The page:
Brooksville police chief to retire at end of this year

Despite a consultant's scathing report, the city lacks enough evidence to pursue charges against him.

Published April 5, 2007

BROOKSVILLE - Brooksville will not take action against longtime police Chief Ed Tincher, but will allow him instead to retire at the end of this year.

On leave from the city since February while a consultant looked into a host of alleged misdeeds within his department, Tincher will remain on unpaid leave until his retirement, according to a settlement reached this week with acting City Manager Steve Baumgartner.

Although the consultant produced a scathing report about operations within the agency, the city has agreed to set those findings aside. Instead, there will be a memo placed in Tincher's file stating that he was an asset to Brooksville.

The memo states that there was a lack of evidence to pursue charges against Tincher, according to Tincher's attorney, Ronald Freeman.

Tincher was placed on paid leave in February and on unpaid leave several weeks later. Consultant Jim Farley's 27-page report, released in late March, blasted the chief, saying, "You have been incompetent and inefficient."

The report includes accusations that Tincher mishandled evidence, led his department by threats and intimidation, and discriminated against women, all charges that Tincher has vigorously denied.

The city agrees not to place Farley's report into Tincher's personnel file. The report will be filed elsewhere in City Hall but in any future inquires into Tincher, "the city will provide copies of records in the personnel file but no other comments or evaluation."

The chief was placed on administrative leave for the rest of the year "as a consequence of his medical condition," Freeman said. Tincher's doctor has stated that he cannot return to work in the foreseeable future.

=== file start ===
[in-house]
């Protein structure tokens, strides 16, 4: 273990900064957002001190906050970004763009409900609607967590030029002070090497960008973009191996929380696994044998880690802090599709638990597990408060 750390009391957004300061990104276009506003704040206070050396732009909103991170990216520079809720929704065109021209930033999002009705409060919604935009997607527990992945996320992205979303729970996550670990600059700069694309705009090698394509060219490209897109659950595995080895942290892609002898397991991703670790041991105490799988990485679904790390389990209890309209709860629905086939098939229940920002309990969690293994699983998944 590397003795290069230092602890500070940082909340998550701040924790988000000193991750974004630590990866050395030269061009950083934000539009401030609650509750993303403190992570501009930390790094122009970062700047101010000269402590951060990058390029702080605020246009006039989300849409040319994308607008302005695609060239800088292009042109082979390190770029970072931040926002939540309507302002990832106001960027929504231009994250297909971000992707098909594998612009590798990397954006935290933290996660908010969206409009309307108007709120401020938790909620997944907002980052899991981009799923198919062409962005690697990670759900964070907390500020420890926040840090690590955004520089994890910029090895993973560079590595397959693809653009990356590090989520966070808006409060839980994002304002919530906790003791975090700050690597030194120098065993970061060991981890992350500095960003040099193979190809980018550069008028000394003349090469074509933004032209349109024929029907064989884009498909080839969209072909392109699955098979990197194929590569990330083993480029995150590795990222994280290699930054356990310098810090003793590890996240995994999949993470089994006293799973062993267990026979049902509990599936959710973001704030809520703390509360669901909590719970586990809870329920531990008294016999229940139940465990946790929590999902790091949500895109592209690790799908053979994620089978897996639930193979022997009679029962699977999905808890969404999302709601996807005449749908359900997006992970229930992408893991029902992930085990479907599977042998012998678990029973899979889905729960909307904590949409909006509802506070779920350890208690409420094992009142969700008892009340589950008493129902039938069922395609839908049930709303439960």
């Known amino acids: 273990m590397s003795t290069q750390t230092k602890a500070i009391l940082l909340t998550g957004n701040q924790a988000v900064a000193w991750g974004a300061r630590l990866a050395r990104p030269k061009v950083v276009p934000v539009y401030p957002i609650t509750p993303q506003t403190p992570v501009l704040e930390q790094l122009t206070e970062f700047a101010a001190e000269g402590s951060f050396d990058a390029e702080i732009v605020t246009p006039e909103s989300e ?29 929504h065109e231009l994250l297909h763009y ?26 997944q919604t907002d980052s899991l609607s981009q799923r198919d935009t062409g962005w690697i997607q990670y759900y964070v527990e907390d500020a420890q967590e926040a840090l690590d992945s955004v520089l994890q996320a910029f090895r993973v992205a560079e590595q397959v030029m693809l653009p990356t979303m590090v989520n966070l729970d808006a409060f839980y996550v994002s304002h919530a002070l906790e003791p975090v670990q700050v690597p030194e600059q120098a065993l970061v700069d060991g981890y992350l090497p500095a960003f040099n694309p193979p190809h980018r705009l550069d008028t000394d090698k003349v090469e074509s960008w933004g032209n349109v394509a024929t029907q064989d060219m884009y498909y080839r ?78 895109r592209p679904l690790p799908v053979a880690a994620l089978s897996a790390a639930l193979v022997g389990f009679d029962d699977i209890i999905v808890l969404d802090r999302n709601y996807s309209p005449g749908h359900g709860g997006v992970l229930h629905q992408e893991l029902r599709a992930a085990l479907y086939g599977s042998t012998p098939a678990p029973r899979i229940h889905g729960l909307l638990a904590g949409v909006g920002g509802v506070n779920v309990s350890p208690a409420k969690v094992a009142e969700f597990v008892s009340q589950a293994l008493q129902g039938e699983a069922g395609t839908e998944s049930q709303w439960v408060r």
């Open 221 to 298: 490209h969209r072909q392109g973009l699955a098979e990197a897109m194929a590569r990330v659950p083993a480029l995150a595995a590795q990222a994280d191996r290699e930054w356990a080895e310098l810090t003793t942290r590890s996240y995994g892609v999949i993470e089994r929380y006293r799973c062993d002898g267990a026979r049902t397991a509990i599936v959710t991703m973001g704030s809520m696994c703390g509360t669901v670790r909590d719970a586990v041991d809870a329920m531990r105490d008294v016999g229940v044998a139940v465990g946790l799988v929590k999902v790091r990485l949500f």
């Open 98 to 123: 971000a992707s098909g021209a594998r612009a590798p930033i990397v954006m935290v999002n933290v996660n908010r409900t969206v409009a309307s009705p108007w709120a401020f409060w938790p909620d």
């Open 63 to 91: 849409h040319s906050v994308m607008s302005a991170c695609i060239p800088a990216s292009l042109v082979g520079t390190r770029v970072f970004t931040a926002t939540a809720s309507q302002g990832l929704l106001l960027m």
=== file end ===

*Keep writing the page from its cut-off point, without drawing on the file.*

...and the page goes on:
"Chief Tincher has given over 20 years of his life to the city of Brooksville," Freeman said. "He has been a great asset."

During the time Tincher is on leave, he will have no authority to act in any manner on behalf of the city or the Police Department.

Tincher, 56, will also receive a payment of $28,000, which will not be considered as wages lost or wages earned and will not have any effect on any workers' compensation claims he might file.

The Florida Department of Law Enforcement previously announced that no charges against Tincher would be investigated by its agency.

"These charges were unfounded," Freeman said. "They were brought as a result of the City Council not wanting him to do his job."

Mayor David Pugh could not be reached for comment on the settlement.

Council member Lara Bradburn said she had not seen the details of the agreement but she did know that it had been signed. "I'm happy that we've come to a resolution," she said.

Council member Richard Lewis said he could not comment on the settlement because he had not yet seen it or gotten notice that it had been finalized.

Lewis, who did not support the investigation or the move to place Tincher on administrative leave, said he called Baumgartner to find out why he did not yet have the report.

"This is not the first time I've been kept out of the loop on something," he said.

Baumgartner said late Wednesday that he faced scheduling issues during the day and was sorry he had not gotten copies of the agreement to all council members earlier.

When he reached Lewis, he said, he apologized to him over the situation.

Barbara Behrendt can be reached at behrendt@sptimes.com or 754-6117.